The European patent system faces serious challenges which, if left unchecked, threaten to damage the European patent system and hamper innovation in Europe. This is one of the conclusions of the report, which marks the conclusion of a project commissioned by the European Parliament from the European Technology Assessment Group and carried out on its behalf by a working group under the Danish Board of Technology.
The report identifies that worldwide, the most important patent trends happening now relate to the number of patent applications being made. Specifically, the fact that applications received by patent offices continue to grow steeply, resulting in high numbers of granted patent rights. One potentially undesirable consequence of this development is a dampening effect of the incentive to innovate in the first place. This is mainly because costs associated with inventive activity have risen, often substantially. Rising costs reflect, among other things, overcrowded and overlapping sets of rights in specific research areas. Another effect of increased numbers of patent applications is the extra and sometimes severe pressure it puts onto examining offices and the sheer volume and complexity of the applications received.
These sorts of trends fundamentally challenge conceived notions of the patent system. The Working Group responsible for the report believes that left unchecked, this will have a damaging effect on the European patent system. The main impact is that there may be a deteriorating effect on patent quality in terms both of the clarity and balance of individual rights given to inventors, and the effectiveness of the system as a whole to meet economic and social welfare aims. The discussion about patent quality emerges from the report as the core underlying challenge to the future of the European patent system. The key task is to try to manage the growing patent workload while at the same time, maintaining the highest quality possible.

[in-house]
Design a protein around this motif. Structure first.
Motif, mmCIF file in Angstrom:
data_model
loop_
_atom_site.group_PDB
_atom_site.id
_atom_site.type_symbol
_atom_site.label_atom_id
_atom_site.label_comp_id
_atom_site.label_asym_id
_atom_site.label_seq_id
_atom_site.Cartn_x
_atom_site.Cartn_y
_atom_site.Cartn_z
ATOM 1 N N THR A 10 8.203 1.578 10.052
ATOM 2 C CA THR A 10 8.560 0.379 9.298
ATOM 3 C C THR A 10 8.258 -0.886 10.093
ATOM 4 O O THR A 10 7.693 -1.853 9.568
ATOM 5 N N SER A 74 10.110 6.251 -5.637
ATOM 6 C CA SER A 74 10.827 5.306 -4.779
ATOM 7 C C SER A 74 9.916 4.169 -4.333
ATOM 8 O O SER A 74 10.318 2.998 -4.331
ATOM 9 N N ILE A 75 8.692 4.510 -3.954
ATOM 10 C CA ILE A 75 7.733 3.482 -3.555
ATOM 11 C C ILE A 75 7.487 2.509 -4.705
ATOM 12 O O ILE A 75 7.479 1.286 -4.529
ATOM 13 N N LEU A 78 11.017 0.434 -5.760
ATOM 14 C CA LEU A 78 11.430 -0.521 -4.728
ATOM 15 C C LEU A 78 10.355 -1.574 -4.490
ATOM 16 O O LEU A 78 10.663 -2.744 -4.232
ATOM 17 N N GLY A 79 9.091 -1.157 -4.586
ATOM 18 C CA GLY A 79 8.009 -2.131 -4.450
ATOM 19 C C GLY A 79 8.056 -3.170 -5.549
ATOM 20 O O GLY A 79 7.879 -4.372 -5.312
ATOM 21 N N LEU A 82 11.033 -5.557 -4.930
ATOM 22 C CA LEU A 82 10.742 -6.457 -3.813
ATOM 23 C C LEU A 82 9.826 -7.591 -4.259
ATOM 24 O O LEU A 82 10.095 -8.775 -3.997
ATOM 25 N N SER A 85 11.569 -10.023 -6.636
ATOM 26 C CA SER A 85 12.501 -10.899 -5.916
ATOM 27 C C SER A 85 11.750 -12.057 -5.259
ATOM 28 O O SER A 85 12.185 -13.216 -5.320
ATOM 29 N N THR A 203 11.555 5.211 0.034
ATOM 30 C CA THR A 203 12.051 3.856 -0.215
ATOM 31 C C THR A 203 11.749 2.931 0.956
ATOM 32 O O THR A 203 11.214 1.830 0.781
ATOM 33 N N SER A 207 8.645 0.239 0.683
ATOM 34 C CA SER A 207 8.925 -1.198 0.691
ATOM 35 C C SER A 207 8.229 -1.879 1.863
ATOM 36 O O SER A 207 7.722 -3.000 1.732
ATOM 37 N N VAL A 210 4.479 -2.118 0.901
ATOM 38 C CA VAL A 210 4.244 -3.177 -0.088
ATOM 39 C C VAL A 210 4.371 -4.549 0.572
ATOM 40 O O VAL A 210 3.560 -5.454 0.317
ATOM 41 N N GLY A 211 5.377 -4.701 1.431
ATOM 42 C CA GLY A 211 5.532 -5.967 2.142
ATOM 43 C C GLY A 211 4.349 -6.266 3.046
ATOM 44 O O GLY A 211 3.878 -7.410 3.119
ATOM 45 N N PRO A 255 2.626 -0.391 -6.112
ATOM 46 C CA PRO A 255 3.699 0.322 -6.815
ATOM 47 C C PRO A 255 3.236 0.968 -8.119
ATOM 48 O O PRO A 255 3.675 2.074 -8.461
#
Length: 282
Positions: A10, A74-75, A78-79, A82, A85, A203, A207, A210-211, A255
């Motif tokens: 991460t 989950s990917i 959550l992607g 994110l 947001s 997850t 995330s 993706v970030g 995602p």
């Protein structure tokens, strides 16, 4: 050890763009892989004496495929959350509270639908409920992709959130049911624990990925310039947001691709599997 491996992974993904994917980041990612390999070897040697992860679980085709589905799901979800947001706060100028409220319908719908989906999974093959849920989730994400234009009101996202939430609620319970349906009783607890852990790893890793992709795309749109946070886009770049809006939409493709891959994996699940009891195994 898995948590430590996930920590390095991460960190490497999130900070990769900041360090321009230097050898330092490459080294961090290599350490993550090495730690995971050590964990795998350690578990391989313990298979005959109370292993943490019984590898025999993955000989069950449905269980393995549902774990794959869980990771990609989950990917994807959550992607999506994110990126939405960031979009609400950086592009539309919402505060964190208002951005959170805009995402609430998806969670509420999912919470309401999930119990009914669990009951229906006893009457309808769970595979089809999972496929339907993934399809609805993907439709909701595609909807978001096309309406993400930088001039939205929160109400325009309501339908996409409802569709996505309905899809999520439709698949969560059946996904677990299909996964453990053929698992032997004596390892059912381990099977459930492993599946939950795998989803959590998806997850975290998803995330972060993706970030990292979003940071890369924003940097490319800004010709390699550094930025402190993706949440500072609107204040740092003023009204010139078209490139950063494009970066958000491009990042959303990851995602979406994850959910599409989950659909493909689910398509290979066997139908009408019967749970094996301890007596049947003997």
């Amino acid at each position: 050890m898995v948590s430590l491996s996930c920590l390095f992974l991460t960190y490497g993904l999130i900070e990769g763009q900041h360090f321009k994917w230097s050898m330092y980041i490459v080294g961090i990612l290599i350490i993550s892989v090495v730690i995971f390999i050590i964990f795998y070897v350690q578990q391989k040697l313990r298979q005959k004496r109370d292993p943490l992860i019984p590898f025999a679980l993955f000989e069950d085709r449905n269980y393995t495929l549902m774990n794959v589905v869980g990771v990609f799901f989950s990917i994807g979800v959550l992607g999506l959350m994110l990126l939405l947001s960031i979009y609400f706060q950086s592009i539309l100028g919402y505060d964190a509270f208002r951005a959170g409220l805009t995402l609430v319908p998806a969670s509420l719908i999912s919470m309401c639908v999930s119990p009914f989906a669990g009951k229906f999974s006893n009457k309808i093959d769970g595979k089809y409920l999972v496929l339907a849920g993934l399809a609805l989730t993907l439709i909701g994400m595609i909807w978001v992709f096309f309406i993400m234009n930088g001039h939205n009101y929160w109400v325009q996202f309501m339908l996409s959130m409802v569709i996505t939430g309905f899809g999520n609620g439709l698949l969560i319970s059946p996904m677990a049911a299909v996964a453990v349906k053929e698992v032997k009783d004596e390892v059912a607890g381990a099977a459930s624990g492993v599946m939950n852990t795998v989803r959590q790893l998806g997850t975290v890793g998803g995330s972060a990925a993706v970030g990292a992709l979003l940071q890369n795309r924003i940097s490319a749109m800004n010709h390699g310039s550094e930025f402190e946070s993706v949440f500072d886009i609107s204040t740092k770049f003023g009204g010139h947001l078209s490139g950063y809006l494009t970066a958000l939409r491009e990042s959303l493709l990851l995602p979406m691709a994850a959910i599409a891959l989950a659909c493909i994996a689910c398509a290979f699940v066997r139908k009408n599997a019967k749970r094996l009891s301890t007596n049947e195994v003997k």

The report presents a number of policy options to meet the challenges facing the European patent system. Among them are
- Insertion of the economic mission of the patent system in the European Patent Convention
- Enhancing governance within the European patent system
- Improving quality aspects in regard to patentability standards and patent grant procedures
- Dealing with emerging technologies
- Increasing access to patented inventions
- Facilitating defensive publications
An independent and cross-disciplinary working group comprised by legal and economic experts from academia and from the European Patent Office is responsible for writing the report. The Working Group is made up as follows:
- Mr. Robin COWAN, Professor of economics, BETA, Université Louis Pasteur and UNU-MERIT, Universteit Maastricht
- Mr. Wim Van der EIJK, Principal Director International Legal Affairs and Patent law, EPO
- Mr. Francesco LISSONI, Professor of Applied Economics, University of Brescia
- Mr. Peter LOTZ, Head of Department of Industrial Economics and Strategy, Copenhagen Business School
- Mrs. Geertrui Van OVERWALLE, Professor of IP Law, University of Leuven, Belgium
- Mr. Jens SCHOVSBO, Professor, University of Copenhagen, Faculty of Law
- Mr. Matthew ELSMORE (rapporteur), Assistant professor, Aarhus Business School-University of Aarhus
The project is inspired by and builds upon a study from the Danish Board of Technology published in June 2005. The present report builds on existing studies and available data discussed by the Working Group members at five separate meetings. In between these meetings, various drafts of the report have been exchanged, commented on and edited mostly through e-mail communication.
Furthermore, the report draws on discussions the Working Group had with a range of other experts and stakeholders held at a conference in the European Parliament on November 9th 2006. The workshop was organized to receive ideas for policy options from Members of the European Parliament, academics, practitioners, business representatives and other stakeholders.
A second workshop was held in the European Parliament on June 14th 2007. Here, the Working Group presented a final draft of the report and the policy options for the STOA Panel and a broader audience.